Swift boat ads were too hot for Fox News

“He’s just starting. You’re going to hear from him again.”
— Outgoing Rep. Billy Tauzin (R-La.), after his 31-year-old son, Billy, lost his bid to succeed him in Saturday’s runoff election
“He’s just starting. You’re going to hear from him again.”
— Outgoing Rep. Billy Tauzin (R-La.), after his 31-year-old son, Billy, lost his bid to succeed him in Saturday’s runoff election
tom fitzsimmons
Harvard University President Lawrence Summers speaking with Congressman-elect Charlie Dent (R-Pa.), Congressman-elect Bob Inglis (R-S.C.) and Congresswoman-elect Gwen MooreGwen Sophia MooreDemocrats accuse Kushner of 'casual racism' over comments about Black Americans Lawmakers urge IRS to get stimulus payments to domestic violence survivors Texas Democrat: US natural gas vital in transition to renewables MORE (D-Wis.) during Harvard's Newly Elected Members of Congress Program last week in Cambridge, Mass.

Chris LaCivita, the GOP strategist who advised the Swift Boat Veterans for Truth during the fall presidential campaign, said last week that Fox refused to air two Swifties ads that other cable networks, including CNN and MSNBC, had no reservations over.

He said Fox had “no problem with the facts; they just didn’t want to run them” because they were “too negative.”

According to LaCivita, a Fox representative said the ads were rejected because they used the word “betrayal” in regards to Sen. John KerryJohn Forbes KerryOvernight Energy: Biden names John Kerry as 'climate czar' | GM reverses on Trump, exits suit challenging California's tougher emissions standards | United Nations agency says greenhouse gas emissions accumulating despite lockdown decline Biden moves forward as GOP breaks with Trump rise Central Asia is changing: the Biden administration should pay close attention MORE’s actions after he returned from Vietnam. Betrayal is too strong a word because it implies treason, and treason is punishable by death, he was told.

LaCivita said he didn’t disclose that Fox refused the ads during the campaign because “our friends at the Kerry campaign would have made hay over it.”

He also told The Hill that the Swifties hoped to run their first ad on the Thursday of the Democratic National Convention, when Kerry gave his acceptance speech, but because a check didn’t clear, the organization had to wait until Aug. 5.

But by then, having seen that Kerry’s speech drew heavily on his military service, the 527 group knew it was on to something. “Oh boy, this is going to get fun,”

LaCivita remembers thinking. “Talk about leading with your chin.”

But LaCivita also described his work with the Swift boat veterans as very moving, as he recalled how the veterans “broke down and began to sob in the studio” during the filming of the ads.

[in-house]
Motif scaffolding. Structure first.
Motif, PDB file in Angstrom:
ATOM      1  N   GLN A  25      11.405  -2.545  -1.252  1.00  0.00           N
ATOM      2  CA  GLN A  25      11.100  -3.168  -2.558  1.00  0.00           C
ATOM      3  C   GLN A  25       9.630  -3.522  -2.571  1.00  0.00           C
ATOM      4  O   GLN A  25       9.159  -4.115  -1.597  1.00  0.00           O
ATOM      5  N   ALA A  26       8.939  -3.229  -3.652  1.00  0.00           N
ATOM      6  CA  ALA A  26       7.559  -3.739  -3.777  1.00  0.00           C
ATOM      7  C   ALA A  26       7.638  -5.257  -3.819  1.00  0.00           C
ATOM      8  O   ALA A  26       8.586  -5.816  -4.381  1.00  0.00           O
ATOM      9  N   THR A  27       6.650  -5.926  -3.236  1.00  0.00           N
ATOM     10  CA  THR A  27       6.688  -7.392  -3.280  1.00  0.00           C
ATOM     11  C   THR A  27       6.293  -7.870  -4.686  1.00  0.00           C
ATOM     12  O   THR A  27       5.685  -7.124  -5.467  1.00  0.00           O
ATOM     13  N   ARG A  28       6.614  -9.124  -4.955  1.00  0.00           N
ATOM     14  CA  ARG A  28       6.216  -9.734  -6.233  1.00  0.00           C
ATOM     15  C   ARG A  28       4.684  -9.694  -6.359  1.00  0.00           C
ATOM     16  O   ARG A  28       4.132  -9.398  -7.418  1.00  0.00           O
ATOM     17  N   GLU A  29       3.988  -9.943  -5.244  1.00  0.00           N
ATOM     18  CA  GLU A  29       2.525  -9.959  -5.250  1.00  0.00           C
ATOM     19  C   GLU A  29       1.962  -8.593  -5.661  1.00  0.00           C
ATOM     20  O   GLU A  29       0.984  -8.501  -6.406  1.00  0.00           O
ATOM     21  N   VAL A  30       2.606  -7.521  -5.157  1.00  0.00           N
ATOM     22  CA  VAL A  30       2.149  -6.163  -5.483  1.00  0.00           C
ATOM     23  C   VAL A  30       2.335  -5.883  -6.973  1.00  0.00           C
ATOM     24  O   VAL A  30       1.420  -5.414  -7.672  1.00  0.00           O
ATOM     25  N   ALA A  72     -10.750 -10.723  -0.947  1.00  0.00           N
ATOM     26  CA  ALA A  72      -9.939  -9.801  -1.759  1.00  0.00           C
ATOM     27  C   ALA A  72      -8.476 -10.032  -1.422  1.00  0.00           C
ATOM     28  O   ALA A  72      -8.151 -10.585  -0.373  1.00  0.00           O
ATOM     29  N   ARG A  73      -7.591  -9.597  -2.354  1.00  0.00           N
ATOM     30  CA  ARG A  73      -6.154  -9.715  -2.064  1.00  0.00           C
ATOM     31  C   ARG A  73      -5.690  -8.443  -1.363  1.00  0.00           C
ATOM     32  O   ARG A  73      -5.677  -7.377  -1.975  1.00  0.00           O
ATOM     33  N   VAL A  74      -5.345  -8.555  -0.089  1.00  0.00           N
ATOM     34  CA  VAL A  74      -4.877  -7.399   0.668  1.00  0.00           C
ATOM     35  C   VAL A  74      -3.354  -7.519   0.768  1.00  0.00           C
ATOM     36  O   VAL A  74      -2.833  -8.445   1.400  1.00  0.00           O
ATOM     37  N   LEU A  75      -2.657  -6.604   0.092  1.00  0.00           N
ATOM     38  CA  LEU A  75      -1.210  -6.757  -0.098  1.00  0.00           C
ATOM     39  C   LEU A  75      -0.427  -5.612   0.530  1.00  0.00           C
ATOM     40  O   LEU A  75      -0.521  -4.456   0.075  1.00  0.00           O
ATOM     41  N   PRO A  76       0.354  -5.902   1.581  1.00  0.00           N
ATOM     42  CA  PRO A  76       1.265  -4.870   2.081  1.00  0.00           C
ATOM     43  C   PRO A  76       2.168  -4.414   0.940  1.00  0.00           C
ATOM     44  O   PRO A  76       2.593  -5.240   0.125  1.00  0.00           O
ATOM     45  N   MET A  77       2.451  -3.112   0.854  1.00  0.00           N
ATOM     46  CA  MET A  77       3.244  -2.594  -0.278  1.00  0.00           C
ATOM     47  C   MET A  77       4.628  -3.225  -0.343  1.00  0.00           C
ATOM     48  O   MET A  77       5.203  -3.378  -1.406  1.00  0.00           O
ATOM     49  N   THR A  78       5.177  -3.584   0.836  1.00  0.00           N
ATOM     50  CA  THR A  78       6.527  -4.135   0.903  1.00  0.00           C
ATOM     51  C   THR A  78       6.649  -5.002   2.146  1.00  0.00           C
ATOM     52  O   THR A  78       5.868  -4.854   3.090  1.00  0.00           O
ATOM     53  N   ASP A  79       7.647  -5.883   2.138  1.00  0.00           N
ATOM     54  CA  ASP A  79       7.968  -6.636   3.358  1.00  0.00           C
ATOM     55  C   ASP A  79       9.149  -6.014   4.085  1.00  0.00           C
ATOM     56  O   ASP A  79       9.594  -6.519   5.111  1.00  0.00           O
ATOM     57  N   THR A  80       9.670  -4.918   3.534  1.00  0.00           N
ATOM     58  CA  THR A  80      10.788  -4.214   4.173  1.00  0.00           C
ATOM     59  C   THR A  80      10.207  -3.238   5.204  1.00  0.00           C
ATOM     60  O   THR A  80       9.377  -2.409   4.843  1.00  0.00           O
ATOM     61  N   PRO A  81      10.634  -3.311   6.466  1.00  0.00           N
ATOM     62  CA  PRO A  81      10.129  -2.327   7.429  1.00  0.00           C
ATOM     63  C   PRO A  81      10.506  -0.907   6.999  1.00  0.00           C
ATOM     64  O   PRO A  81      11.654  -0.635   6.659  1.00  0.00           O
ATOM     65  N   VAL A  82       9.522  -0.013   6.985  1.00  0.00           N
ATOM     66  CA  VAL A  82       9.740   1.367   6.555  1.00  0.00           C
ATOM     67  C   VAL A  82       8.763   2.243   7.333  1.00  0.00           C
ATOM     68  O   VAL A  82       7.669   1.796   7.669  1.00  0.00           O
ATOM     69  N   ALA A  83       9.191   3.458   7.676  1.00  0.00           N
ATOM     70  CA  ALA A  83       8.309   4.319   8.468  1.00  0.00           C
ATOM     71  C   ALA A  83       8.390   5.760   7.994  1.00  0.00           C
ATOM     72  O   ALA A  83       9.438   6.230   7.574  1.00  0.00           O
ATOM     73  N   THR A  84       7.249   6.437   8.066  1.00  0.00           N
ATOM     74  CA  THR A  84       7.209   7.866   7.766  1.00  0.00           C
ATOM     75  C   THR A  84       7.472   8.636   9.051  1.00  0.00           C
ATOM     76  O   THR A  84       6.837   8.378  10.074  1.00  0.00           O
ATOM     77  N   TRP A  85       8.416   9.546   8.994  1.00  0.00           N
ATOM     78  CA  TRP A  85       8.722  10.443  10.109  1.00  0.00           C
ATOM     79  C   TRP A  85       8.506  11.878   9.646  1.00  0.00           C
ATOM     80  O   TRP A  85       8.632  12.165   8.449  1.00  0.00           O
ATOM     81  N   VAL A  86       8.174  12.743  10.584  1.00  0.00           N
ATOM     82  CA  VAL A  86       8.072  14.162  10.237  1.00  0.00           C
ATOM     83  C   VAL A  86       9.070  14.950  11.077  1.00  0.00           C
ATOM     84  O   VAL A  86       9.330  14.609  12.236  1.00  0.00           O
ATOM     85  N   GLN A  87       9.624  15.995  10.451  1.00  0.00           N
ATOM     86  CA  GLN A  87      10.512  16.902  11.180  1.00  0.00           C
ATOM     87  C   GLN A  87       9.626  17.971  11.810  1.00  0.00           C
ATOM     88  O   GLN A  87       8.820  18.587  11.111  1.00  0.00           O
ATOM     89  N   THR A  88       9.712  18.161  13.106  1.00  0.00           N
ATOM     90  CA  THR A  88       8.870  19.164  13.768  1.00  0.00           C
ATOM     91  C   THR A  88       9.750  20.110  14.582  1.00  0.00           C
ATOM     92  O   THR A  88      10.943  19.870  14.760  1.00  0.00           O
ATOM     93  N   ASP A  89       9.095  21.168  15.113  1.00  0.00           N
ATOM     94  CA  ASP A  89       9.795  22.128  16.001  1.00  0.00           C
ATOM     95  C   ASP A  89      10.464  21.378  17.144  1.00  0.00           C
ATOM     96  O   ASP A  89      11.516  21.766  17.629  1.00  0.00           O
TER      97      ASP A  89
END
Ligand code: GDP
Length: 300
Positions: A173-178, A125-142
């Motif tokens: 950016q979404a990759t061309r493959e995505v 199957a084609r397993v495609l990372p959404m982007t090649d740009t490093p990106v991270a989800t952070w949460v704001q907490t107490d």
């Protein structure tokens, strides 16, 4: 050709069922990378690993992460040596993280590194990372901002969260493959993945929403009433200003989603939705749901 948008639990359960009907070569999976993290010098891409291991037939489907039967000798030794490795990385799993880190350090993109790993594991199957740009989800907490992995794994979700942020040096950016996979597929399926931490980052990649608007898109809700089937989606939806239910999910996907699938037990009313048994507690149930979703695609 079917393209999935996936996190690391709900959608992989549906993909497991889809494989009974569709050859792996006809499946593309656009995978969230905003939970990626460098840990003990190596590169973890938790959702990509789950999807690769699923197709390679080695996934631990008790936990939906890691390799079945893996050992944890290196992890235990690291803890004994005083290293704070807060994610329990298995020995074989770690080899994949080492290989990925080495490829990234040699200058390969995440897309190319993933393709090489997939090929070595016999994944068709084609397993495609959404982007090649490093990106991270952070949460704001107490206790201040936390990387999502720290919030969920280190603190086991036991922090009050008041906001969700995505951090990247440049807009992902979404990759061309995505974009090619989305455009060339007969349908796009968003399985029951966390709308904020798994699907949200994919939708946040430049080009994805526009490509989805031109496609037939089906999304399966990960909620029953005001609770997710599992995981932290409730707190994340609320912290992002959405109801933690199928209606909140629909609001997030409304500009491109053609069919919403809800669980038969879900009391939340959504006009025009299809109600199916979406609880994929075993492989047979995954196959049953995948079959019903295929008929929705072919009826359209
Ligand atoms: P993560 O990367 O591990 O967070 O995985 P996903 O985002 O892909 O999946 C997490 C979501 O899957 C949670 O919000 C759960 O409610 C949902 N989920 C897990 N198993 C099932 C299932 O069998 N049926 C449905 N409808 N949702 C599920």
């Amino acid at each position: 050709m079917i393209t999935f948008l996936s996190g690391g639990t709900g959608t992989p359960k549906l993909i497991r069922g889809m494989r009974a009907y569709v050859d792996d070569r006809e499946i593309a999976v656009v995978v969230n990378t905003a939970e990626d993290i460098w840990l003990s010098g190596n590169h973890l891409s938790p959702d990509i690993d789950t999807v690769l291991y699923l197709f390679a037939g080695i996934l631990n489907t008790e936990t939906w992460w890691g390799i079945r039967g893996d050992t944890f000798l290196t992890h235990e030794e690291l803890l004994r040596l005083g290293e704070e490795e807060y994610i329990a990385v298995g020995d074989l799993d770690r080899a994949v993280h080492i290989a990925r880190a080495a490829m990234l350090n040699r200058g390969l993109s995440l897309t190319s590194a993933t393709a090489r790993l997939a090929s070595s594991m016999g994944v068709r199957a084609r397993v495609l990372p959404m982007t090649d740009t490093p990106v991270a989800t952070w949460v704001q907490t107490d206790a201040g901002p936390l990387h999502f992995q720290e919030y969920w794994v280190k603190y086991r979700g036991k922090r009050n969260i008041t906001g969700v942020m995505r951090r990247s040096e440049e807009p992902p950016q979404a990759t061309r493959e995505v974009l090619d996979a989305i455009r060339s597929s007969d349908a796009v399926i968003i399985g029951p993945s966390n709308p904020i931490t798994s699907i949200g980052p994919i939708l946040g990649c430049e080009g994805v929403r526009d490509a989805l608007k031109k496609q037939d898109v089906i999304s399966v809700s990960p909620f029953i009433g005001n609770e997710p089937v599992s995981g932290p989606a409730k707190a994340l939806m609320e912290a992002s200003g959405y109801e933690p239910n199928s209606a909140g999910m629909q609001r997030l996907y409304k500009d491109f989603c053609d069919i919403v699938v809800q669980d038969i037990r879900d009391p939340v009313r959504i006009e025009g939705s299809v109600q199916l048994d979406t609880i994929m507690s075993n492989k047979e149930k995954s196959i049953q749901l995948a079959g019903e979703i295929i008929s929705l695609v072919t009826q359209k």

Kerry adviser Mike McCurry, however, characterized the Swift boat campaign as neither fun nor moving, calling it the “most dishonorable thing I’ve ever seen in politics.”

The inaugural eBay game

Chris Cowen, a Minneapolis real estate investor, has found an even better investment — buying tickets to join President and Mrs. Bush at the Texas State Society’s inaugural gala.

Cowen, 31, bought four tickets to the Lone Star State’s party, considered the hottest in town on Jan. 20, for $125 each after paying $30 to join the Texas State Society, and quickly sold two of them for $3,000 on eBay, according to the Minneapolis Star-Tribune.

“It turned out to be the best investment I’ve made,” said Cowen, who bought his tickets before organizers of the Texas ball announced that the event was oversold.

Cowen also hopes to get tickets to the swearing-in ceremony from the office of Sen. Mark Dayton (D-Minn.).

TCU honors Bob Schieffer

If Bob Schieffer ever decides to retire as moderator of “Face the Nation,” he shouldn’t have much trouble finding a job teaching journalism in his hometown of Fort Worth, Texas.

That’s because Schieffer’s alma mater, Texas Christian University, has decided to name its journalism school after him.

“I was just blown away,” Schieffer said Monday. “I just hope that if any of my journalism professors are still alive, they break the news gently because I did not graduate with honors, although I graduated on time.”

Schieffer, 67, who was once a reporter for his college newspaper, said, “Having my name associated with TCU in this way is an honor far beyond anything I could have imagined.”

The new Schieffer School of Journalism will be dedicated in March. “I hear they’re going to call it the School of Horned Frogs Journalism,” he joked.

Schieffer said he’s also begun work on a new book about LBJ’s relationship with JFK.

Is rocker Bono changing sides?